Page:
Dependency Arrays for Days: The React UseEffect Hook Explained by a Beginner for Beginners
Unburdened by the Knowledge
If you’re new to React like me, the “for days” part of this article’s title probably hits close to home! Learning React is no joke and a lot of React concepts can be mind-boggling to a newbie. With hooks being all the rage these days, it’s inarguable that using the UseEffect React hook is a staple in every React developer’s diet. Unburdened by the knowledge, I’ll offer my recent experience wrapping my head around this concept and will refer to my very modest Doggonit app to illustrate my points.
Here’s Your E-Book on the UseEffect Hook
In short, the useEffect hook lets you perform side effects inside functional components. So what are side effects? Put extremely simply, side effects are asynchronous operations. The most common example I’ve seen so far is fetching data from an API endpoint. But why would you want an API call to happen asynchronously, you ask?
Imagine this: You’re visiting your parents for the weekend and you have an excruciatingly slow 3G connection. It’s Friday and you’re exhausted after a long day at work and the 5-hour drive it took to get there. All you want to do is look at cute pictures of dogs. You pull up your favorite app, Doggonit, and you navigate to the home screen. Doggonit, it’s a blank screen!
Ok, that was a longwinded example, but you get my point, right? You don’t want your app to be dependent on an API response to render. What the useEffect hook makes possible, is the ability to concisely (aka without a lot of code) treat your API fetch as a side effect, meaning the component will render with other content and/or a loading element before your application gets a response from an endpoint. Explained in reverse, you tell React that your component needs to do something after render.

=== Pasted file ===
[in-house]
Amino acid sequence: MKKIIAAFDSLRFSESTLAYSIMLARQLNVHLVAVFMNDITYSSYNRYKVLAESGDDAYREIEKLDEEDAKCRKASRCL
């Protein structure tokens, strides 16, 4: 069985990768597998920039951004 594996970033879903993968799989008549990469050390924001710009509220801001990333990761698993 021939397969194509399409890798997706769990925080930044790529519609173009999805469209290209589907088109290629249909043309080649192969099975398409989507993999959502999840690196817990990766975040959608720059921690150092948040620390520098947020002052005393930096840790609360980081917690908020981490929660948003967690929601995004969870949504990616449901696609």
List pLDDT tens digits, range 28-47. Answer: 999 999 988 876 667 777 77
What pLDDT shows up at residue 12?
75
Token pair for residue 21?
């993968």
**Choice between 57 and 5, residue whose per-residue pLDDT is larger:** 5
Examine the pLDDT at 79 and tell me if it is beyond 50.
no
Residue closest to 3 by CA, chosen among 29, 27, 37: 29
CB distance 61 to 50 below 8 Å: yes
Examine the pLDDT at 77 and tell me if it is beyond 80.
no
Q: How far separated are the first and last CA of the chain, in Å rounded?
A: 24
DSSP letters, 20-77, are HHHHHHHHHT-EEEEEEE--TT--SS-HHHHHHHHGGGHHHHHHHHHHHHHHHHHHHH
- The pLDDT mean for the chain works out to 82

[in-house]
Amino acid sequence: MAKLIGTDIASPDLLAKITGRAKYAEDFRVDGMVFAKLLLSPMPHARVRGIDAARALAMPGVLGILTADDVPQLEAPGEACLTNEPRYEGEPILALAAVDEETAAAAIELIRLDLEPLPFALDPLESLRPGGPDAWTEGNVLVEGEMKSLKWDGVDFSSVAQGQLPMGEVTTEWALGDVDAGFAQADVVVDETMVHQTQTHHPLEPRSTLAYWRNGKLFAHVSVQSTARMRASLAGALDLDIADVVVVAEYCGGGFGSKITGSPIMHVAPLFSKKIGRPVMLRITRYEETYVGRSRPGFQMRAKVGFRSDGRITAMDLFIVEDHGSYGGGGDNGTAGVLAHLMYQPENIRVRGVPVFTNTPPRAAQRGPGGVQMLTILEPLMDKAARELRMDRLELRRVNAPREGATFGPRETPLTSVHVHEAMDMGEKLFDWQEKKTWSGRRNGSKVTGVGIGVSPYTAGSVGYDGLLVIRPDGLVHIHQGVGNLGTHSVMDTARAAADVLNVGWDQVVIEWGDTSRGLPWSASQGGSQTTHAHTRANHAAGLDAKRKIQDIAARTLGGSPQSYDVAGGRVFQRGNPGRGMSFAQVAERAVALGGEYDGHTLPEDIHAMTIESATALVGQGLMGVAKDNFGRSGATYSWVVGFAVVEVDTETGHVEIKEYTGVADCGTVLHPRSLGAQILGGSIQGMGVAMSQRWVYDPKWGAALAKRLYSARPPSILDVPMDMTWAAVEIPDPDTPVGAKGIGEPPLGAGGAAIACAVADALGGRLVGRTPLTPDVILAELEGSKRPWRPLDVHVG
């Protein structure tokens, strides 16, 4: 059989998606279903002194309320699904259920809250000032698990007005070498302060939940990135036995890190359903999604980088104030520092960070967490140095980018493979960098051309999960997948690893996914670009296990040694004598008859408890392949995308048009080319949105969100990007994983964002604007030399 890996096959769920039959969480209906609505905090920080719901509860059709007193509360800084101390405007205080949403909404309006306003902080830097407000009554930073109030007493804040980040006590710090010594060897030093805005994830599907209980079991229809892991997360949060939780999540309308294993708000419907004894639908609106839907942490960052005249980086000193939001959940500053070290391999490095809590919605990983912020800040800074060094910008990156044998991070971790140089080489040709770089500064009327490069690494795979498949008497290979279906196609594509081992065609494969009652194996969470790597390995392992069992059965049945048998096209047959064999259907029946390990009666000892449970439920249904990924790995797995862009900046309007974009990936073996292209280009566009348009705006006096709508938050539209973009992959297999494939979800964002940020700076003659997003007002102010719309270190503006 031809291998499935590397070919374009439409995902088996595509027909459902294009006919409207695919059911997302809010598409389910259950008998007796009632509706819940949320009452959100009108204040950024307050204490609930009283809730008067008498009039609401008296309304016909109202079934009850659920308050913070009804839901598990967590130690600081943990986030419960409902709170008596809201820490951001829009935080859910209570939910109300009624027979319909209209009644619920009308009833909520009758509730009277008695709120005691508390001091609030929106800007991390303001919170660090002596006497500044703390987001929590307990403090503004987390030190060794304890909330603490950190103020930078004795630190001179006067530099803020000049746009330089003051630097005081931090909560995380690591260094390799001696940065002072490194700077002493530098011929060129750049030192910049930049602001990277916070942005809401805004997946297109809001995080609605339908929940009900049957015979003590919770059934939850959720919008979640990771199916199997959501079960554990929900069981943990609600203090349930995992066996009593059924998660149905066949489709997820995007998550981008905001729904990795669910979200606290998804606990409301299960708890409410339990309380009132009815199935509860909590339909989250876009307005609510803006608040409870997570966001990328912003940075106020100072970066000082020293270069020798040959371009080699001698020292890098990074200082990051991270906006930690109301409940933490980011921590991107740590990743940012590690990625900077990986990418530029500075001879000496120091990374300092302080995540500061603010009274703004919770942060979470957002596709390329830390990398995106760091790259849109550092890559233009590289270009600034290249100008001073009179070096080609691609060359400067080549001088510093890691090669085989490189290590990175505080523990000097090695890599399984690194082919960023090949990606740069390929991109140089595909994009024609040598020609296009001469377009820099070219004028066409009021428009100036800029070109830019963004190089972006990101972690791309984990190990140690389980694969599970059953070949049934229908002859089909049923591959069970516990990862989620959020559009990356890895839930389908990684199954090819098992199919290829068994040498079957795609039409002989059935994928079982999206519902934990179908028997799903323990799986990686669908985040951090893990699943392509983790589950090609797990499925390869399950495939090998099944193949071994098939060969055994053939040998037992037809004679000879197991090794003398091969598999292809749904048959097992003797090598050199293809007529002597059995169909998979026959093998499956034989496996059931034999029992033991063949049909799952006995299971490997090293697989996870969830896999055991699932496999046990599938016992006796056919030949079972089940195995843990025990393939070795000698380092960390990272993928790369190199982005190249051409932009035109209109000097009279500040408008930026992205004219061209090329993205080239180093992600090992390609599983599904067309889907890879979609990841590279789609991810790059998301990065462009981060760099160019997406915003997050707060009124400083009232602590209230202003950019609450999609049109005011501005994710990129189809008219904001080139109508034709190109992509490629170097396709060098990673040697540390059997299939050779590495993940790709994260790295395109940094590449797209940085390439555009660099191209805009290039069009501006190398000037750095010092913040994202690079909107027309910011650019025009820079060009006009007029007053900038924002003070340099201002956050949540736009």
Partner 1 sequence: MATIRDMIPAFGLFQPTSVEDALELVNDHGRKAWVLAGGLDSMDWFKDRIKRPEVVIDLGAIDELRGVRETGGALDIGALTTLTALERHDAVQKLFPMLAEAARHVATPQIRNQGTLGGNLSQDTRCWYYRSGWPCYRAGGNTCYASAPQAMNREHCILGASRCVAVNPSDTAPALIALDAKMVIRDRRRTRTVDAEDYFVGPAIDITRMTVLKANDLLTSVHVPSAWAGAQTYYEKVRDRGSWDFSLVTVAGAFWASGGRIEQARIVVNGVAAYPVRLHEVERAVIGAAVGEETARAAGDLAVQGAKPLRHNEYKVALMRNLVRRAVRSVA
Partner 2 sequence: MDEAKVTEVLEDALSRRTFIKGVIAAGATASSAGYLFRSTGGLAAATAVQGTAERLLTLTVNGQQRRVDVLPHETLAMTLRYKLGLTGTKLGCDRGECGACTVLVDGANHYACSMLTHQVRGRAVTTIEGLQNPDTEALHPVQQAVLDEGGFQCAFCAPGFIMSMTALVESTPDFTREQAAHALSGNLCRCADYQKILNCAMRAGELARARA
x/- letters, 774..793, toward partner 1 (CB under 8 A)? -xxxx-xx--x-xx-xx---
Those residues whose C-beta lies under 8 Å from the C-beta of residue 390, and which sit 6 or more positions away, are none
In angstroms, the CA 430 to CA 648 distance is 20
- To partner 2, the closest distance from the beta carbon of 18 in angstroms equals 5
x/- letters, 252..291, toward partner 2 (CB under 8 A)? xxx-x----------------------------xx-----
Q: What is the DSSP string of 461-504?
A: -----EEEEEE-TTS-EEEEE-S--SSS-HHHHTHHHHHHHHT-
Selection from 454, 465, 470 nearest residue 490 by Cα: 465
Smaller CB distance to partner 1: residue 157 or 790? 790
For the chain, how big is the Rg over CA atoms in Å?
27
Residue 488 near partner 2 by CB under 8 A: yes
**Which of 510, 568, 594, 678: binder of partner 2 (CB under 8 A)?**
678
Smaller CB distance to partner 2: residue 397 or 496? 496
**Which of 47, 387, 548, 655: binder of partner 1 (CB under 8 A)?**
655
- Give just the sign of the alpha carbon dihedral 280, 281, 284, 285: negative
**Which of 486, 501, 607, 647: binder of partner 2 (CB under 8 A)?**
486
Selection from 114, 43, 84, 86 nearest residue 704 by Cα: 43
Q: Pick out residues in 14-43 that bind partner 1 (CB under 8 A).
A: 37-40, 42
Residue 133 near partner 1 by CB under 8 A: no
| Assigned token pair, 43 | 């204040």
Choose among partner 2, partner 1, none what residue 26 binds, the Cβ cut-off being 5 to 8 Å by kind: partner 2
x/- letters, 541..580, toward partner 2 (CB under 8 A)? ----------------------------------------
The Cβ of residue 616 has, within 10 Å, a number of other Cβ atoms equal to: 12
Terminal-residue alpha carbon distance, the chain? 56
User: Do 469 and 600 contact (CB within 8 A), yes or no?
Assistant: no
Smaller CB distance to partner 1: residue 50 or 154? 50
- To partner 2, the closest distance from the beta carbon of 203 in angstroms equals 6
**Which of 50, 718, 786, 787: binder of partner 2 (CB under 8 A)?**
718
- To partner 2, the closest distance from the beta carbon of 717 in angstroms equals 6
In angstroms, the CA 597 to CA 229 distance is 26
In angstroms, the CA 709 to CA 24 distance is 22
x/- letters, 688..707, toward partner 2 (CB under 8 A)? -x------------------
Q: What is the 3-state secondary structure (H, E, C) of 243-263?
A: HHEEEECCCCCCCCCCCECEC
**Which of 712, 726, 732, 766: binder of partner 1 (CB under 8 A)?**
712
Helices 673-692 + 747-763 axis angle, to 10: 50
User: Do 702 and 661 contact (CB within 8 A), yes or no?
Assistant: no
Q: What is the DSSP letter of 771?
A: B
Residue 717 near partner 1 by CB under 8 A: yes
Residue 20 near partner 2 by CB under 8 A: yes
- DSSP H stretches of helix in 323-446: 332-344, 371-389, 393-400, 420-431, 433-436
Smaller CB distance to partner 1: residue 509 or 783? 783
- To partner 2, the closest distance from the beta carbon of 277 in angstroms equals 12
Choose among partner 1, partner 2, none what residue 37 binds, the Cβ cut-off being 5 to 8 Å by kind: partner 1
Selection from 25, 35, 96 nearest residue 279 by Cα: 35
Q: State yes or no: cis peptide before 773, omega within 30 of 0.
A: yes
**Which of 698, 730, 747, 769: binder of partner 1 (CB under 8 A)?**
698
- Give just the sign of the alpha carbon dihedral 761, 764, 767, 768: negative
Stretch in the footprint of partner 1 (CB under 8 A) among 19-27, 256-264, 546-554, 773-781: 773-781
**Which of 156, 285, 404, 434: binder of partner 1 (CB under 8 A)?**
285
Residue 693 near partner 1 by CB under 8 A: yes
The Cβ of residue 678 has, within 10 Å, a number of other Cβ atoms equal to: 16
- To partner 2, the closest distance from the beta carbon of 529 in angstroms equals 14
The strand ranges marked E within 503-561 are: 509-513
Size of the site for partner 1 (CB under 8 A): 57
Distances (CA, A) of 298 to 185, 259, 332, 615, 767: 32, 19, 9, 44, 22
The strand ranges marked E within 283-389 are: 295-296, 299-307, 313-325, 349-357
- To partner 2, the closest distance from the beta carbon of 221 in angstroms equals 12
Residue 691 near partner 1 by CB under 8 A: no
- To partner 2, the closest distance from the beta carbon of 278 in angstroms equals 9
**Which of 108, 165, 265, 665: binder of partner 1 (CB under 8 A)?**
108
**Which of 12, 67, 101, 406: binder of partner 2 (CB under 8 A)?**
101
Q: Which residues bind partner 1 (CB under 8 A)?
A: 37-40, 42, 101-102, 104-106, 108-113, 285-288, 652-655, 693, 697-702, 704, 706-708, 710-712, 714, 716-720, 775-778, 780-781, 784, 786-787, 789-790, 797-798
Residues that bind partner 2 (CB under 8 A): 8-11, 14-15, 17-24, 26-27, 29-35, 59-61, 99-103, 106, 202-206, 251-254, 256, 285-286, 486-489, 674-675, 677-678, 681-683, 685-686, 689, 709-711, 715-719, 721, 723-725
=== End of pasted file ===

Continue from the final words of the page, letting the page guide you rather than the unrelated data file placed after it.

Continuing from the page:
This is Where the Dependency Array Comes Into Play
An important concept to understand is that effects run after every render cycle, including the first one. Without the inclusion of a dependency array, this translates to the infinite trigger of renders after useEffect runs. This infinite loop could consequently crash your app and/or deplete your precious allotment of API keys. We obviously want to avoid that. This is where the dependency array comes into play. Ok, there are just too many rhymes to run with here!
The beauty of a dependency array is that it allows you to declare the conditions that trigger it. If you only want to run an effect once (aka make a GET request to “https://dog.ceo/api/breed”), you can pass an empty array ([ ]) as a second argument inside your useEffect function. This literal array, or set of brackets, is a dependency array. It communicates to React that your useEffect doesn’t rely on props or state, so it never needs to re-run.
But what if you do want your call to re-run under specific conditions? In the case of my Doggonit app, I specifically want to show a list of new random dog pictures depending on the dog breed specified by the user. Put technically, I want to repeat my API request every time the dogBreedName variable updates. By adding dogBreedName inside the dependency array, I’m enabling this.
So that’s it! UseEffect explained by a beginner to beginners. Have any questions or corrections to offer? Feel free to reply in the comments below. If you’re looking to explore my implementation of the useEffect hook more, I also encourage you to check out my Doggonit GitHub repository.